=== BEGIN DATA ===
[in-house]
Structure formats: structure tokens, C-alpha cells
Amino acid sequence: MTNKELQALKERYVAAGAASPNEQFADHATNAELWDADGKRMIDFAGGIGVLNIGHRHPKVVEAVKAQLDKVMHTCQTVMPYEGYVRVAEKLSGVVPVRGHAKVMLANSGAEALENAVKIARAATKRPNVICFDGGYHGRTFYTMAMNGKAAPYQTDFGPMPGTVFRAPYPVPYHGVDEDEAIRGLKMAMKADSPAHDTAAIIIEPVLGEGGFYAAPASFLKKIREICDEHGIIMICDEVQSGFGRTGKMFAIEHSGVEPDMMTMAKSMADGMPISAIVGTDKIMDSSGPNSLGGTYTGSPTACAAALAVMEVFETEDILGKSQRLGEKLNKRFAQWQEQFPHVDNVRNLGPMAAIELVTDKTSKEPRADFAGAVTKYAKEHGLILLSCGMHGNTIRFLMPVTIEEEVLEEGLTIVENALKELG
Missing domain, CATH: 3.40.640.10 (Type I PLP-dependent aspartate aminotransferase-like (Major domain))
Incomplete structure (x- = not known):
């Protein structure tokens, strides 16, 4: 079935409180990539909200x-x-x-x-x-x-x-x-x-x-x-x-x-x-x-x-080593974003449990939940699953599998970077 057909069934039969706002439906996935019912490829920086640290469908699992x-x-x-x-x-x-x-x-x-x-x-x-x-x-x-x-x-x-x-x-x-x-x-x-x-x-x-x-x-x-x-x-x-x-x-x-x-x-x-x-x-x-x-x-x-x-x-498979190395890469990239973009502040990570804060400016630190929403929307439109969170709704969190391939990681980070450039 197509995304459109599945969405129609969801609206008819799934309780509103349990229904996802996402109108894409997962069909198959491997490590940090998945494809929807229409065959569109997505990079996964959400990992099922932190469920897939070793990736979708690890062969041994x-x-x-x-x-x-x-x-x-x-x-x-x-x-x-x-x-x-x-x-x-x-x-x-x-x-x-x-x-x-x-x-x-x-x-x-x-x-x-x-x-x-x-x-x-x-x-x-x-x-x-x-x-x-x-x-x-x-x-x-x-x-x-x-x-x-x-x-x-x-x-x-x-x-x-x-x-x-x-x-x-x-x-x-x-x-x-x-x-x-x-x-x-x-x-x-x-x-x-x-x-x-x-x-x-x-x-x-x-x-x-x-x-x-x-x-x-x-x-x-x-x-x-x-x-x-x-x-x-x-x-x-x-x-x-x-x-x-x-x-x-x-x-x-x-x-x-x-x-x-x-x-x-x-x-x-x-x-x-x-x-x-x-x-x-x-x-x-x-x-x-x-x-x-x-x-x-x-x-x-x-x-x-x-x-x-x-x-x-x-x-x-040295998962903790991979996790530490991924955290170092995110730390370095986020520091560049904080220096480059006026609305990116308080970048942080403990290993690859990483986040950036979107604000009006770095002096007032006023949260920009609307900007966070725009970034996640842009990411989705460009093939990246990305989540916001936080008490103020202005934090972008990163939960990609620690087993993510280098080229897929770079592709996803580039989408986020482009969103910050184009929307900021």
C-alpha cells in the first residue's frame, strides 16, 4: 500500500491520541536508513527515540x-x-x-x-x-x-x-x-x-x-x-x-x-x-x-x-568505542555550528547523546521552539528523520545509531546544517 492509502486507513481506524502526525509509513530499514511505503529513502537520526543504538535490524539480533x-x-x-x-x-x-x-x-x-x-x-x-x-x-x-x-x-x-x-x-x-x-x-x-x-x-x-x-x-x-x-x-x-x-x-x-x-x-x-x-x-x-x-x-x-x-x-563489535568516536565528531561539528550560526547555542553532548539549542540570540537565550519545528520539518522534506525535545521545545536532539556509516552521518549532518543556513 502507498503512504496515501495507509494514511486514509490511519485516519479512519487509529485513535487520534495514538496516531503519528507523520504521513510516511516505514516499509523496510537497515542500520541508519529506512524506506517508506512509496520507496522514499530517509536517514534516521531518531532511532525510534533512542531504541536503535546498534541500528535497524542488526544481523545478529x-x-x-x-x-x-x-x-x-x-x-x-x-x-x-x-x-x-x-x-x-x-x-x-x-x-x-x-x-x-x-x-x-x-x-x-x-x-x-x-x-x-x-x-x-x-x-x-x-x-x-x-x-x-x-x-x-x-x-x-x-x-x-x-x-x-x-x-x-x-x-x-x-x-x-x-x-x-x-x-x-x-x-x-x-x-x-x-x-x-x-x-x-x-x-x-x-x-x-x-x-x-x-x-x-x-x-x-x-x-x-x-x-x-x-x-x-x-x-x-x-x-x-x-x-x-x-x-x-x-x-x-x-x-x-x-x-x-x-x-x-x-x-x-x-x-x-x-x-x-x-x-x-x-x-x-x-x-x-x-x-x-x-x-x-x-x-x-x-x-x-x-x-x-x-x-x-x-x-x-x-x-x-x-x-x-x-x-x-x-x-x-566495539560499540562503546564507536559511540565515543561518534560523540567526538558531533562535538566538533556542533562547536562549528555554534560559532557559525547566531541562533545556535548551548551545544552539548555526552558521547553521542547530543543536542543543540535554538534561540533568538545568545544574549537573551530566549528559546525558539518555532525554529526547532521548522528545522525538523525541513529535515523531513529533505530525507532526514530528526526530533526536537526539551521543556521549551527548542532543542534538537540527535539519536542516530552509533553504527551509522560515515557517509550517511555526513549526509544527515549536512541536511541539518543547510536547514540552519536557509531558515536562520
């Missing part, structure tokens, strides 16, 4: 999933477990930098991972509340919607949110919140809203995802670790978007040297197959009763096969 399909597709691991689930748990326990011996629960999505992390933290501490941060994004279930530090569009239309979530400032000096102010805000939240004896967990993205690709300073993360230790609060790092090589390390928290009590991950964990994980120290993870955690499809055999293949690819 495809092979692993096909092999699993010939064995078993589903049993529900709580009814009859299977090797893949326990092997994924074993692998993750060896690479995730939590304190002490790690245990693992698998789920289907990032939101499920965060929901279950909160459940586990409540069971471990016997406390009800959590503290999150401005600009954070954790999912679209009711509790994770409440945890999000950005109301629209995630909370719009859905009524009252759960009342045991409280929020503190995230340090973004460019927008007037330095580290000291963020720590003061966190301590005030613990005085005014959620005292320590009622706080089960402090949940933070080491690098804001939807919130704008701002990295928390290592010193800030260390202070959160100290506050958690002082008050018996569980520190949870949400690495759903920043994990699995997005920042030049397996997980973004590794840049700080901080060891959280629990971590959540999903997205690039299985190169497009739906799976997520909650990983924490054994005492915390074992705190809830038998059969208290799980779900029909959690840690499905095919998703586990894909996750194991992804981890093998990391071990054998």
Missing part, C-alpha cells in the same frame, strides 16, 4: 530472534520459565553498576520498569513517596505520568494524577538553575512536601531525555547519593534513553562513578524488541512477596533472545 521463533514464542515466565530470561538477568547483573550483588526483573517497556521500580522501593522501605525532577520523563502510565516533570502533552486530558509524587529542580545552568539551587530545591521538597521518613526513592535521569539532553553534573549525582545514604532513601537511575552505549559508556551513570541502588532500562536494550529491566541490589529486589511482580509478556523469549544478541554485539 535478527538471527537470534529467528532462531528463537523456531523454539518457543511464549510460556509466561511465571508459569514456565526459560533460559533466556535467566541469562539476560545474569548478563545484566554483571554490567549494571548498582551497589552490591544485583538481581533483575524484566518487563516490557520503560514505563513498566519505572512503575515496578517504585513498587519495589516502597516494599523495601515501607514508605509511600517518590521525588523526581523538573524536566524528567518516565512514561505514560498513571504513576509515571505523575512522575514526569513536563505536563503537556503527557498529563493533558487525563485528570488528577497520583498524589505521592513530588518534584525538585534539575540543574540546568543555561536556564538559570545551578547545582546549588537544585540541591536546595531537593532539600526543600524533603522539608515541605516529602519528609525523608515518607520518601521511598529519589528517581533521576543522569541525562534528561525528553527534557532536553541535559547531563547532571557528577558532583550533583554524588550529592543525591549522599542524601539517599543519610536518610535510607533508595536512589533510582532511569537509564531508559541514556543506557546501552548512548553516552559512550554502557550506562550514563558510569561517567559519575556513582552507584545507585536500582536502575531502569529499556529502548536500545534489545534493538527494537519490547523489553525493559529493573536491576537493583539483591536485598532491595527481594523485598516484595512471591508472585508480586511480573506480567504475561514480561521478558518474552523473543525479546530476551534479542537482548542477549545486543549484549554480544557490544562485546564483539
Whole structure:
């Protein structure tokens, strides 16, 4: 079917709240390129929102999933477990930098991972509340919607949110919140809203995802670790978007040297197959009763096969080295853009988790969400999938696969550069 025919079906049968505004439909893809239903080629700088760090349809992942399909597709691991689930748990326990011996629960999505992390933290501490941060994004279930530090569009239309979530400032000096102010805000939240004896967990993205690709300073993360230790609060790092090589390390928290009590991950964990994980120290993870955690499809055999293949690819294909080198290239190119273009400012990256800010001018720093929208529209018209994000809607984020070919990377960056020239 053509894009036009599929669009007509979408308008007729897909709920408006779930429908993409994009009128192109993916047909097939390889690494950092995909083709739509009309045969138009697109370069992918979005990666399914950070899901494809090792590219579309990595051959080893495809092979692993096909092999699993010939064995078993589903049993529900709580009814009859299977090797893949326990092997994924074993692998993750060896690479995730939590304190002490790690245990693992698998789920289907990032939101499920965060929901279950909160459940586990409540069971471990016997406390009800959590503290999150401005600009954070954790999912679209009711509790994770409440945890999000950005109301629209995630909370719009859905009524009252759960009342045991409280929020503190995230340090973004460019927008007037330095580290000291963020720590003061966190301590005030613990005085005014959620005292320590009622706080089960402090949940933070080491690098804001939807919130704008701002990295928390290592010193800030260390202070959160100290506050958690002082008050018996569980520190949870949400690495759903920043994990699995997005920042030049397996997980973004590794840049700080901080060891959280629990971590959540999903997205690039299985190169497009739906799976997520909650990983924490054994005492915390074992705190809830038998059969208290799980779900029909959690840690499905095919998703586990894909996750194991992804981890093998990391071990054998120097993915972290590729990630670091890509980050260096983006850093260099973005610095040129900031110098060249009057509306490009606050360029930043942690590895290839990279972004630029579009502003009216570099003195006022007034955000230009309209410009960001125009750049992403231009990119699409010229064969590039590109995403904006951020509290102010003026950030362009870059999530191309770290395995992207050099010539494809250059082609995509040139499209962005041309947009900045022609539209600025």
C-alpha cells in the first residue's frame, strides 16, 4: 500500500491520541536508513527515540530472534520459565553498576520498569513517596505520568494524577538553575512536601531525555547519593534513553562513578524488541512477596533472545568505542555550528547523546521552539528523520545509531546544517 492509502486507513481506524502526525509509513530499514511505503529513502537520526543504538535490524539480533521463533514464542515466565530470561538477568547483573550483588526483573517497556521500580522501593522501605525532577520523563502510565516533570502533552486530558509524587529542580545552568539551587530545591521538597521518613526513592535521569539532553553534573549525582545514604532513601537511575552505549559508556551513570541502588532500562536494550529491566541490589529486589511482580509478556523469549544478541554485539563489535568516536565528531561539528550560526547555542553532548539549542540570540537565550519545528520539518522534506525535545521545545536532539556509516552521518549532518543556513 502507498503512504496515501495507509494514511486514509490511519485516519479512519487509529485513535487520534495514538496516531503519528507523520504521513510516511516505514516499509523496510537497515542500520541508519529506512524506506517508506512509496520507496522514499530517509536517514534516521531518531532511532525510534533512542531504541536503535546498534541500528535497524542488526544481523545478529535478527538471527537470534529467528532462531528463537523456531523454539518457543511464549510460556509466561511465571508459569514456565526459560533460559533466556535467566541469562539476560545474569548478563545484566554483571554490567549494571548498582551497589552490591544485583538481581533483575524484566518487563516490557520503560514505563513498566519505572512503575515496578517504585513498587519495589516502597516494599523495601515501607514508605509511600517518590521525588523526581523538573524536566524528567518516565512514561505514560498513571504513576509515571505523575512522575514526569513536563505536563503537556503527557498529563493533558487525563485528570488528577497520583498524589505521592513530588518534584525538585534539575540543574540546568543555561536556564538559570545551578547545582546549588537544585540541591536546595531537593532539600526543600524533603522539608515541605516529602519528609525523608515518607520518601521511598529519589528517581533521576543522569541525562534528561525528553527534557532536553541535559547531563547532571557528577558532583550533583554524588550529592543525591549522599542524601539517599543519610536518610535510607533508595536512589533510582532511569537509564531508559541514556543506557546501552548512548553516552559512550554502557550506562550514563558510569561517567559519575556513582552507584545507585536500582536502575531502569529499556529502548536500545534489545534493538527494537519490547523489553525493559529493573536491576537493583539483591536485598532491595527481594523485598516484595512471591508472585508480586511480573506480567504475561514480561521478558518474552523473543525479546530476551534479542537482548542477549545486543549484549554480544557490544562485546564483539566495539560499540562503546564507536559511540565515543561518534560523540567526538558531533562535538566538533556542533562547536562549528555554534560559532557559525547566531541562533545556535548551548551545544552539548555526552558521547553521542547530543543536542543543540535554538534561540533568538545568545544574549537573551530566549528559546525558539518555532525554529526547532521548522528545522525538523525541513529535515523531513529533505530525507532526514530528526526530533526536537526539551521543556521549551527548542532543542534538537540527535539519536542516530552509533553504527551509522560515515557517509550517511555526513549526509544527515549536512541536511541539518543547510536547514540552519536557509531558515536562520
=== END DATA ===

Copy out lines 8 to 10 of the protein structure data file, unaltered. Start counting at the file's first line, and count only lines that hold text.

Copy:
């Missing part, structure tokens, strides 16, 4: 999933477990930098991972509340919607949110919140809203995802670790978007040297197959009763096969 399909597709691991689930748990326990011996629960999505992390933290501490941060994004279930530090569009239309979530400032000096102010805000939240004896967990993205690709300073993360230790609060790092090589390390928290009590991950964990994980120290993870955690499809055999293949690819 495809092979692993096909092999699993010939064995078993589903049993529900709580009814009859299977090797893949326990092997994924074993692998993750060896690479995730939590304190002490790690245990693992698998789920289907990032939101499920965060929901279950909160459940586990409540069971471990016997406390009800959590503290999150401005600009954070954790999912679209009711509790994770409440945890999000950005109301629209995630909370719009859905009524009252759960009342045991409280929020503190995230340090973004460019927008007037330095580290000291963020720590003061966190301590005030613990005085005014959620005292320590009622706080089960402090949940933070080491690098804001939807919130704008701002990295928390290592010193800030260390202070959160100290506050958690002082008050018996569980520190949870949400690495759903920043994990699995997005920042030049397996997980973004590794840049700080901080060891959280629990971590959540999903997205690039299985190169497009739906799976997520909650990983924490054994005492915390074992705190809830038998059969208290799980779900029909959690840690499905095919998703586990894909996750194991992804981890093998990391071990054998």
Missing part, C-alpha cells in the same frame, strides 16, 4: 530472534520459565553498576520498569513517596505520568494524577538553575512536601531525555547519593534513553562513578524488541512477596533472545 521463533514464542515466565530470561538477568547483573550483588526483573517497556521500580522501593522501605525532577520523563502510565516533570502533552486530558509524587529542580545552568539551587530545591521538597521518613526513592535521569539532553553534573549525582545514604532513601537511575552505549559508556551513570541502588532500562536494550529491566541490589529486589511482580509478556523469549544478541554485539 535478527538471527537470534529467528532462531528463537523456531523454539518457543511464549510460556509466561511465571508459569514456565526459560533460559533466556535467566541469562539476560545474569548478563545484566554483571554490567549494571548498582551497589552490591544485583538481581533483575524484566518487563516490557520503560514505563513498566519505572512503575515496578517504585513498587519495589516502597516494599523495601515501607514508605509511600517518590521525588523526581523538573524536566524528567518516565512514561505514560498513571504513576509515571505523575512522575514526569513536563505536563503537556503527557498529563493533558487525563485528570488528577497520583498524589505521592513530588518534584525538585534539575540543574540546568543555561536556564538559570545551578547545582546549588537544585540541591536546595531537593532539600526543600524533603522539608515541605516529602519528609525523608515518607520518601521511598529519589528517581533521576543522569541525562534528561525528553527534557532536553541535559547531563547532571557528577558532583550533583554524588550529592543525591549522599542524601539517599543519610536518610535510607533508595536512589533510582532511569537509564531508559541514556543506557546501552548512548553516552559512550554502557550506562550514563558510569561517567559519575556513582552507584545507585536500582536502575531502569529499556529502548536500545534489545534493538527494537519490547523489553525493559529493573536491576537493583539483591536485598532491595527481594523485598516484595512471591508472585508480586511480573506480567504475561514480561521478558518474552523473543525479546530476551534479542537482548542477549545486543549484549554480544557490544562485546564483539
Whole structure: